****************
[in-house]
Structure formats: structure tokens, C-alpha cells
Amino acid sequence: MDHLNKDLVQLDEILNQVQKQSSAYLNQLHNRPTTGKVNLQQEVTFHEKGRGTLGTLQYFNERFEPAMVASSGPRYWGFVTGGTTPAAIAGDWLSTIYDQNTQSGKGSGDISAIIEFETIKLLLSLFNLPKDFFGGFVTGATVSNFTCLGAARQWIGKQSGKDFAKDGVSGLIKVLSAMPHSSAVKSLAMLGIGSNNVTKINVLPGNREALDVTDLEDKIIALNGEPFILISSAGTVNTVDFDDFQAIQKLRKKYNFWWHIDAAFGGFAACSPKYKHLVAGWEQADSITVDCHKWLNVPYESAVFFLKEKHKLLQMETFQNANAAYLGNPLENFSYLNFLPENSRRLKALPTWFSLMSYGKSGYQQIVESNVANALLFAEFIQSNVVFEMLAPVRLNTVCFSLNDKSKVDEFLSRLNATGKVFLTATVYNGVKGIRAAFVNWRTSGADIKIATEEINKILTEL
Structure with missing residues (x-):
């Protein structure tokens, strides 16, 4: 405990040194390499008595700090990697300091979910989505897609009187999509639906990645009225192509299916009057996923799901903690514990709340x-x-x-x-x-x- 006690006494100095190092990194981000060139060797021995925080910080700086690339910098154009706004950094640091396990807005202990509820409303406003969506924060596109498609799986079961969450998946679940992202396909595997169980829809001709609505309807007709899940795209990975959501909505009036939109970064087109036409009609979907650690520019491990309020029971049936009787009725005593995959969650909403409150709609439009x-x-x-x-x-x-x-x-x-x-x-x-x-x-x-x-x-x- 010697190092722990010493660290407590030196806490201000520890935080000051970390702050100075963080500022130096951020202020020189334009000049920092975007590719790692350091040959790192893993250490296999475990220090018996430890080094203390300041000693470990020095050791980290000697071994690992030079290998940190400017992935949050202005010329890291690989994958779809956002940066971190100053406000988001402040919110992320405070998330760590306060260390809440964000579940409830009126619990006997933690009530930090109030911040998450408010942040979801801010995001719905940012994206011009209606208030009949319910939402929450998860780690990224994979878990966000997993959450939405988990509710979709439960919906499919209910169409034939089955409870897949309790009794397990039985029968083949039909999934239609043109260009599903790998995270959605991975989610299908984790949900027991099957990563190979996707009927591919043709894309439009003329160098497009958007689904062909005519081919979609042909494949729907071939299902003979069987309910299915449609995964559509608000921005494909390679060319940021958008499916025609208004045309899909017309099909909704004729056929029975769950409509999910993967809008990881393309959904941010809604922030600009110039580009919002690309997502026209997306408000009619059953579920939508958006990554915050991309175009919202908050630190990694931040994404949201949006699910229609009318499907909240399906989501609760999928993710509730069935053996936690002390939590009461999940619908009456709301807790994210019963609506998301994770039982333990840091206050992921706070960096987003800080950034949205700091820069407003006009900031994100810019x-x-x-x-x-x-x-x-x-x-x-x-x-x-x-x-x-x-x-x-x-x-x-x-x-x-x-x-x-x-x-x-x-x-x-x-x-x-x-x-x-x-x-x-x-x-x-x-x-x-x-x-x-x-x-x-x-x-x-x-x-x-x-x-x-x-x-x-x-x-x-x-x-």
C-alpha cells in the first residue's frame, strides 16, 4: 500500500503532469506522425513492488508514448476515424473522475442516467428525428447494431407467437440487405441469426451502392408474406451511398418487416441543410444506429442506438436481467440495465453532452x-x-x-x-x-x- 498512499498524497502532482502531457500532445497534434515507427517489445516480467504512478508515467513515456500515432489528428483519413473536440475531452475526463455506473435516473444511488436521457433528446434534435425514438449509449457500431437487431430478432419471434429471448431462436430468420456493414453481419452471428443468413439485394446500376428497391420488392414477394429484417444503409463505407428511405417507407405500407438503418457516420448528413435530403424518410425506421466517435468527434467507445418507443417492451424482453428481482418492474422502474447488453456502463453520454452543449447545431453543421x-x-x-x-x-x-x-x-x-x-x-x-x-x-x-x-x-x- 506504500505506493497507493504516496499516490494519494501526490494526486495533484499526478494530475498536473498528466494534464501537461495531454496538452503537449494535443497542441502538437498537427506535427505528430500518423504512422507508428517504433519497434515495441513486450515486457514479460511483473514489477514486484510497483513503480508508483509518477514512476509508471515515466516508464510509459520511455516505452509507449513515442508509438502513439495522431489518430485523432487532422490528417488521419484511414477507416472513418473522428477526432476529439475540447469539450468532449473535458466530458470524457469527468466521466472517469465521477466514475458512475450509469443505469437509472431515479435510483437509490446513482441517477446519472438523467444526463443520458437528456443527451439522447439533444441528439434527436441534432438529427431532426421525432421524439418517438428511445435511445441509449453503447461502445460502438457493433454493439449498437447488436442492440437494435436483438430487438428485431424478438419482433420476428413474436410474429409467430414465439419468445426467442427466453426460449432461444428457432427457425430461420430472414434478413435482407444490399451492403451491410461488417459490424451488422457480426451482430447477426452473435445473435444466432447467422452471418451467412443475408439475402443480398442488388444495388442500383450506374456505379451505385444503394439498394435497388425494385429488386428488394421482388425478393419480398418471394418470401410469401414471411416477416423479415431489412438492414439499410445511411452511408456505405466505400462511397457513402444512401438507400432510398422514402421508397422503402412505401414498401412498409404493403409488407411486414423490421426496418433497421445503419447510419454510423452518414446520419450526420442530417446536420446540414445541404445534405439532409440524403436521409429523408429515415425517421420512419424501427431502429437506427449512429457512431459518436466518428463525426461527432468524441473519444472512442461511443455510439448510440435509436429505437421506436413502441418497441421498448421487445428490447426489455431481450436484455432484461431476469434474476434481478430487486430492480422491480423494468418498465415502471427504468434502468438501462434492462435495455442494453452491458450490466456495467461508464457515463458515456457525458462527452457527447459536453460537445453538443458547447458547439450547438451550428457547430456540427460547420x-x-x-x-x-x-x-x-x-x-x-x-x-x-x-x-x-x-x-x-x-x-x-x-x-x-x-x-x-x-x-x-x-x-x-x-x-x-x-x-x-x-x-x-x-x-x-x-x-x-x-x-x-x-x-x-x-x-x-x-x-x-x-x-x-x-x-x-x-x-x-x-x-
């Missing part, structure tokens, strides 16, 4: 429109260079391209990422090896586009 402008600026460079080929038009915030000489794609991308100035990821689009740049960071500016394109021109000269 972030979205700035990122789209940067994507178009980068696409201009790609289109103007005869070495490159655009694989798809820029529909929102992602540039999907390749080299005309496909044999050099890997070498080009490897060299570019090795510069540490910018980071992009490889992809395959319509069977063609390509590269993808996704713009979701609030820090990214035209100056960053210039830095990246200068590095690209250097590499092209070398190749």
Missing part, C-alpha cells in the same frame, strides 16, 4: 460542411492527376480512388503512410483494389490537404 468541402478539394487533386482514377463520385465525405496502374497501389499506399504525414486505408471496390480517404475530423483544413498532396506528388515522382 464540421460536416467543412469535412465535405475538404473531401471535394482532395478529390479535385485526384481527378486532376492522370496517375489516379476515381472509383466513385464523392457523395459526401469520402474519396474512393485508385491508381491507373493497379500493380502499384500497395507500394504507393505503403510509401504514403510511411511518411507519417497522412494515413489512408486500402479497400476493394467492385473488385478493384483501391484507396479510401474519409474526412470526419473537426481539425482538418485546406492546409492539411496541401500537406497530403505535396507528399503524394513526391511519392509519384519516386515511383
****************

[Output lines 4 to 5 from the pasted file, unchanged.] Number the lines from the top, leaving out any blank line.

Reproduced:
Structure with missing residues (x-):
């Protein structure tokens, strides 16, 4: 405990040194390499008595700090990697300091979910989505897609009187999509639906990645009225192509299916009057996923799901903690514990709340x-x-x-x-x-x- 006690006494100095190092990194981000060139060797021995925080910080700086690339910098154009706004950094640091396990807005202990509820409303406003969506924060596109498609799986079961969450998946679940992202396909595997169980829809001709609505309807007709899940795209990975959501909505009036939109970064087109036409009609979907650690520019491990309020029971049936009787009725005593995959969650909403409150709609439009x-x-x-x-x-x-x-x-x-x-x-x-x-x-x-x-x-x- 010697190092722990010493660290407590030196806490201000520890935080000051970390702050100075963080500022130096951020202020020189334009000049920092975007590719790692350091040959790192893993250490296999475990220090018996430890080094203390300041000693470990020095050791980290000697071994690992030079290998940190400017992935949050202005010329890291690989994958779809956002940066971190100053406000988001402040919110992320405070998330760590306060260390809440964000579940409830009126619990006997933690009530930090109030911040998450408010942040979801801010995001719905940012994206011009209606208030009949319910939402929450998860780690990224994979878990966000997993959450939405988990509710979709439960919906499919209910169409034939089955409870897949309790009794397990039985029968083949039909999934239609043109260009599903790998995270959605991975989610299908984790949900027991099957990563190979996707009927591919043709894309439009003329160098497009958007689904062909005519081919979609042909494949729907071939299902003979069987309910299915449609995964559509608000921005494909390679060319940021958008499916025609208004045309899909017309099909909704004729056929029975769950409509999910993967809008990881393309959904941010809604922030600009110039580009919002690309997502026209997306408000009619059953579920939508958006990554915050991309175009919202908050630190990694931040994404949201949006699910229609009318499907909240399906989501609760999928993710509730069935053996936690002390939590009461999940619908009456709301807790994210019963609506998301994770039982333990840091206050992921706070960096987003800080950034949205700091820069407003006009900031994100810019x-x-x-x-x-x-x-x-x-x-x-x-x-x-x-x-x-x-x-x-x-x-x-x-x-x-x-x-x-x-x-x-x-x-x-x-x-x-x-x-x-x-x-x-x-x-x-x-x-x-x-x-x-x-x-x-x-x-x-x-x-x-x-x-x-x-x-x-x-x-x-x-x-």